In ancient Greek myth, Prometheus brings fire to humanity in a hollow reed, often specifically identified as a thyrsus-reed (Dionysus, the god of wine and hence of "spirits," was also the bearer of a thyrsus-reed staff). The symbol of the thyrsus reed wand or staff was prevalent in all the ancient mysteria ("Mystery cults" or "Mystery religions," as they are often somewhat inaccurately termed), for as Alvin Boyd Kuhn explains: "The whole design of the Mysteries, according to the great Plato himself, was 'to lead us back to the perfection from which, as our beginning, we first made our descent'" (Lost Light, 106).

The ancient myths of humanity all portray the descent of our fiery souls into incarnate matter by pointing to the glorious display of the fiery bodies of the heavenly sphere, the sun and the stars, and the turning of the heavens which causes them to plunge from the celestial realm of fire and air down into the horizon (where they enter the realm of earth and of water). For some discussion of the specific celestial  foundations of the Prometheus story, see this previous post entitled "Prometheus, Bringer of Fire."

In Hamlet's Mill, published in 1969, authors Giorgio de Santillana and Hertha von Dechend present extensive evidence linking the name of Prometheus bringer of fire with the ancient Hindu and Vedic pramantha, the great churn-stick or fire-stick which is the vertical component of the two fire-sticks, both in the terrestrial realm of starting common fires and in the heavenly realm. By extension, then, the pramantha was seen as the motive force which it turns the very sky on its axis (see Hamlet's Mill 139-140).

De Santillana and von Dechend devote an entire appendix (Appendix 14) to exploring this connection, and note that Sanskrit pra-mantha and its root -manth are related to the words Amritamanthana (the churning of the milky sea, which is associated with the turning of heaven as well as the ages-long motion of precession), Mount Mandara (the mountain around which the churning of the ocean of milk takes place, and which is thus associated with the central axis of heaven), and even the word mandala (the great circular symbol which represents our universe in its physical and its spiritual completeness).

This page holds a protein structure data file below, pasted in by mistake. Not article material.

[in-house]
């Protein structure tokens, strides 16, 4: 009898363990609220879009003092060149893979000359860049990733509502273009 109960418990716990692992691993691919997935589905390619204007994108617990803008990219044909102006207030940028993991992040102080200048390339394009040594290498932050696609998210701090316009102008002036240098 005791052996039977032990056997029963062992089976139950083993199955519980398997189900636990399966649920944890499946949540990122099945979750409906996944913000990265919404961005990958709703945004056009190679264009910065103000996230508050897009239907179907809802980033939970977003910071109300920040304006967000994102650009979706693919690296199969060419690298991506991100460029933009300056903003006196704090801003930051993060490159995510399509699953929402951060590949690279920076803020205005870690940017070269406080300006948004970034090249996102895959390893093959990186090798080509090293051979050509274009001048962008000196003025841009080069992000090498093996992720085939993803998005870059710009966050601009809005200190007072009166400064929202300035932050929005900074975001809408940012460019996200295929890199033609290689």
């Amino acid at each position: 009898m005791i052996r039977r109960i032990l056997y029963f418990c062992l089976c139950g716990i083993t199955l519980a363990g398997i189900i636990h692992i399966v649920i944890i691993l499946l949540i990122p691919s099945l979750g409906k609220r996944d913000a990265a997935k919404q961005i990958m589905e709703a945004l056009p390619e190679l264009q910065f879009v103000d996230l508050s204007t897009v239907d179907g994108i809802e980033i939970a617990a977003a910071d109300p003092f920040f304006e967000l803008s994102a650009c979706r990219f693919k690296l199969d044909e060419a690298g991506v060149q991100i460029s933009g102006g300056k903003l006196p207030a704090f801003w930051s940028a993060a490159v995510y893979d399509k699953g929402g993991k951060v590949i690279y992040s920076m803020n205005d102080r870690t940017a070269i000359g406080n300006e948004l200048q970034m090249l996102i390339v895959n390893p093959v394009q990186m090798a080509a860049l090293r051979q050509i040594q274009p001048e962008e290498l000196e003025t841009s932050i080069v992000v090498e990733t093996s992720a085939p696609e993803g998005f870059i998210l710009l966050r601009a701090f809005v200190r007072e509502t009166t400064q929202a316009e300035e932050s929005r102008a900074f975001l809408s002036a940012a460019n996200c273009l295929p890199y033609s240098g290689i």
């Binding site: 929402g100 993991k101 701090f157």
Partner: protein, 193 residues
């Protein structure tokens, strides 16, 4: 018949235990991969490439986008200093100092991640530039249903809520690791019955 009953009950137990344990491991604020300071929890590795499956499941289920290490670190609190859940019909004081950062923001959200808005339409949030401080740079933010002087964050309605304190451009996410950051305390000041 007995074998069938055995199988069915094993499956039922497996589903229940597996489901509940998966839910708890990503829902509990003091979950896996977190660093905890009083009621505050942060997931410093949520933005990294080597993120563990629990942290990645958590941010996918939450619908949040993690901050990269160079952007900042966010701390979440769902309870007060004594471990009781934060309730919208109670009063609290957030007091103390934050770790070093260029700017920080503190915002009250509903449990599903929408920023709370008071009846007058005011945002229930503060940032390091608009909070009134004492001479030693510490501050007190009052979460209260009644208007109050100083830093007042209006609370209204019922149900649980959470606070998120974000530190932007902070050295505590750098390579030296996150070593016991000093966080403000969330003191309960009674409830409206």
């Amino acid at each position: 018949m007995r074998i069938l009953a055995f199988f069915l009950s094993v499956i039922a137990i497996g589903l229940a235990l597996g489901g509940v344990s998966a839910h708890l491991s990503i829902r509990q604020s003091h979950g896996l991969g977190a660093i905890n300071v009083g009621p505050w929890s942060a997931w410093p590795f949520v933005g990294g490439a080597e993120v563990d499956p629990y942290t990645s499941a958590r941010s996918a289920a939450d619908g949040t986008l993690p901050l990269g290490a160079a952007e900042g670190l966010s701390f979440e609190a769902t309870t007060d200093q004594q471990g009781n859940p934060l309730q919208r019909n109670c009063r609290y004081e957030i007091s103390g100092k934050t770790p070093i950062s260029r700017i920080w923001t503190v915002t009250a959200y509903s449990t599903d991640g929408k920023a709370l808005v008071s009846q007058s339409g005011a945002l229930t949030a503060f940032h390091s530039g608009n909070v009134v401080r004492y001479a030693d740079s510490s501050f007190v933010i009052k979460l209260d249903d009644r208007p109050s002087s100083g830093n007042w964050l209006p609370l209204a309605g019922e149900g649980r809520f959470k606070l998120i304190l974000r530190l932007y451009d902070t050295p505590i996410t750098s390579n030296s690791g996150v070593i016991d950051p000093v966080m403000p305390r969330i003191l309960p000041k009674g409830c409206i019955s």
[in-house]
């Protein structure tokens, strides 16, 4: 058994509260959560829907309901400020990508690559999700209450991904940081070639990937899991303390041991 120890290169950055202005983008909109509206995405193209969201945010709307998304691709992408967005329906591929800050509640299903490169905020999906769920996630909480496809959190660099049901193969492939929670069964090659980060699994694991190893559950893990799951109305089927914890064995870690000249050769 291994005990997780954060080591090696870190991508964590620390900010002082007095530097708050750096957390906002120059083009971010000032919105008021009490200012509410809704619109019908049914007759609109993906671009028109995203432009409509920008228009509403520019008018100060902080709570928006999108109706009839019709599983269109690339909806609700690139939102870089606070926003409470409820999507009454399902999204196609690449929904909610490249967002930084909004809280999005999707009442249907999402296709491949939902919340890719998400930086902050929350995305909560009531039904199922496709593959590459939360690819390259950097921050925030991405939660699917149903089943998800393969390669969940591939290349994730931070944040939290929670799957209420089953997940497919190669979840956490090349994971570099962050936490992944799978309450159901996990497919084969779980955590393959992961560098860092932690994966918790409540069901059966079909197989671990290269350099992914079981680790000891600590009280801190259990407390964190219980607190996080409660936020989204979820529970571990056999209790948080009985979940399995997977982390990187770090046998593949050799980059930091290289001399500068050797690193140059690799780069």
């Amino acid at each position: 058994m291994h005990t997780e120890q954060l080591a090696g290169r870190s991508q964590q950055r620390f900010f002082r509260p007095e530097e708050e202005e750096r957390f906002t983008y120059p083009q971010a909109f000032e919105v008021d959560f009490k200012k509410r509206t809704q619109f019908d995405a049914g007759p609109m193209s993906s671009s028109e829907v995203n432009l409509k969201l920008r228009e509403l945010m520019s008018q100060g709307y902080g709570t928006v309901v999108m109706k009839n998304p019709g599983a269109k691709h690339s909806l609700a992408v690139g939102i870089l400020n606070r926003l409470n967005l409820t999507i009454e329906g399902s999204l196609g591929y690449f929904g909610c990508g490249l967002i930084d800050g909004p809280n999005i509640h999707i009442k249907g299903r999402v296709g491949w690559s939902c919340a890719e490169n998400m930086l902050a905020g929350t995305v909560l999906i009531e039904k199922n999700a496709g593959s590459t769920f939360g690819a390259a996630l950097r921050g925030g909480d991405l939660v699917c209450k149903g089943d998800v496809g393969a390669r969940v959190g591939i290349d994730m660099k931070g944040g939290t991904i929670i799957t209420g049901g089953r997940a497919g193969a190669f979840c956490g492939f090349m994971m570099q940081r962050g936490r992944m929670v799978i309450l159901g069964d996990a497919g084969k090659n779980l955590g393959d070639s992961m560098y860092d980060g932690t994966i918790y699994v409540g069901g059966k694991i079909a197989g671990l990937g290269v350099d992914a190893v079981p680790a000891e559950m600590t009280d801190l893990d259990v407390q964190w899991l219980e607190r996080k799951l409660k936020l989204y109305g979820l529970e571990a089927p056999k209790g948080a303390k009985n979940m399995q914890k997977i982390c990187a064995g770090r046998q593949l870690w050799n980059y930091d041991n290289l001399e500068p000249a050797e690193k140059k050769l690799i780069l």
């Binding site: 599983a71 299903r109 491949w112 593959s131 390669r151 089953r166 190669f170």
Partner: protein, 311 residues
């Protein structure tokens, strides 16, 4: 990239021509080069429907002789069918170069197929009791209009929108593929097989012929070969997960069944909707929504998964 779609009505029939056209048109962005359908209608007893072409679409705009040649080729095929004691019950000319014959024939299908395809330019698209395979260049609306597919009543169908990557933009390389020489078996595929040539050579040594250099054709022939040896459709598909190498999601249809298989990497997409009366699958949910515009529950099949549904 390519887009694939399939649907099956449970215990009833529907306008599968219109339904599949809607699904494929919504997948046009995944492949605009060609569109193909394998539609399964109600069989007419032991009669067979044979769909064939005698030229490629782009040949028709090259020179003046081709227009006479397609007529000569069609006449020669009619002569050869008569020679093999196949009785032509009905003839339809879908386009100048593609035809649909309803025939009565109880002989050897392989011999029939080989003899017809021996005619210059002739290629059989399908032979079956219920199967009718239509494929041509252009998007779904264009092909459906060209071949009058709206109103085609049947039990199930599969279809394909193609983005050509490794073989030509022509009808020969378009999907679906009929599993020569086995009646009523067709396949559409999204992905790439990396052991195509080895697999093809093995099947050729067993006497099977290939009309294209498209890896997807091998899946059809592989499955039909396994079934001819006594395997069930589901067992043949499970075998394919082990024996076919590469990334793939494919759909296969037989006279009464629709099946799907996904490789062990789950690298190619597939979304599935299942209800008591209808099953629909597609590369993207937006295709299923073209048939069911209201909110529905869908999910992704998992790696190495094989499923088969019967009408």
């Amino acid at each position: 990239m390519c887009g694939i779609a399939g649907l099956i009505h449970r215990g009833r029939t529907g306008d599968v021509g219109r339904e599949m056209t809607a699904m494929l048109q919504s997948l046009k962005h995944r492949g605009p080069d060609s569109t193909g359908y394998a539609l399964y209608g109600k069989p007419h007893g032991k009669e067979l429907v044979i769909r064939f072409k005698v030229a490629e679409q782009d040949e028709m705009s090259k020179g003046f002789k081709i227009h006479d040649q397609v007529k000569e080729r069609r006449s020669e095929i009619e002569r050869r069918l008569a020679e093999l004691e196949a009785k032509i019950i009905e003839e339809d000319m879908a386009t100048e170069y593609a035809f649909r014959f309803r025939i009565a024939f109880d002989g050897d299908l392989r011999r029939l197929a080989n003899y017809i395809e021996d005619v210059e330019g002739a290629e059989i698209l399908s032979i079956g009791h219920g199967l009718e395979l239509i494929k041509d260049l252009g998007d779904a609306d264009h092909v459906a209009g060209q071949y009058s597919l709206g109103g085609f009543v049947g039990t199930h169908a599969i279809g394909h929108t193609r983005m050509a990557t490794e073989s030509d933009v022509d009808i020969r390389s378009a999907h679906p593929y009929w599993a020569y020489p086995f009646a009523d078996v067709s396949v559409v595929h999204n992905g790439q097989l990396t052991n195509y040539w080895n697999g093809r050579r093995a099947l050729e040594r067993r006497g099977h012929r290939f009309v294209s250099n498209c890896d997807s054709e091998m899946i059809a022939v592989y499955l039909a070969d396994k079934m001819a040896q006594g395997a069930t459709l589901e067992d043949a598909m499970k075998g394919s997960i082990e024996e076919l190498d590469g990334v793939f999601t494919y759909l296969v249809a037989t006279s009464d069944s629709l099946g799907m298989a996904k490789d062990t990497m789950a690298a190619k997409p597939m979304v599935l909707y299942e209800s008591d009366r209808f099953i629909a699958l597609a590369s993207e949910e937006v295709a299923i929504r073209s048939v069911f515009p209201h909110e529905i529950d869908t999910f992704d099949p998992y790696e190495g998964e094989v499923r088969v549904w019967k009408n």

The association of Prometheus bringer of fire with the vertical fire-stick par-mantha connects all this symbology with the ancient Egyptian symbolism surrounding the "raising of the Djed column," which must follow the action of the Djed being "cast-down" -- the action of casting down being representative of the soul's plunge into gross matter, and the action of raising up being representative of our life-long mission of recognizing and calling forth the spiritual spark that is hidden within this material world, disguised behind a mask (to use the imagery of Halloween). 

This is the esoteric meaning of All-Soul's Day, according to Alvin Boyd Kuhn: the message that we all contain this spiritual and eternal divine component, hidden as it is behind the gross mask of material incarnation, and the teaching that our purpose here in this incarnate life is to recognize it and to elevate it again, in ourselves as well as in everyone else we meet, and in the natural world which is also infused with hidden spirit. It is also a day on which traditionally the souls of those who have gone before are remembered, in light of the knowledge that they continue on forever.

Now that we have celebrated Halloween, reveling in all the symbology of the "physical engine" (so to speak), it is appropriate to spend some time focusing on the "spiritual side of the engine," which actually makes it go.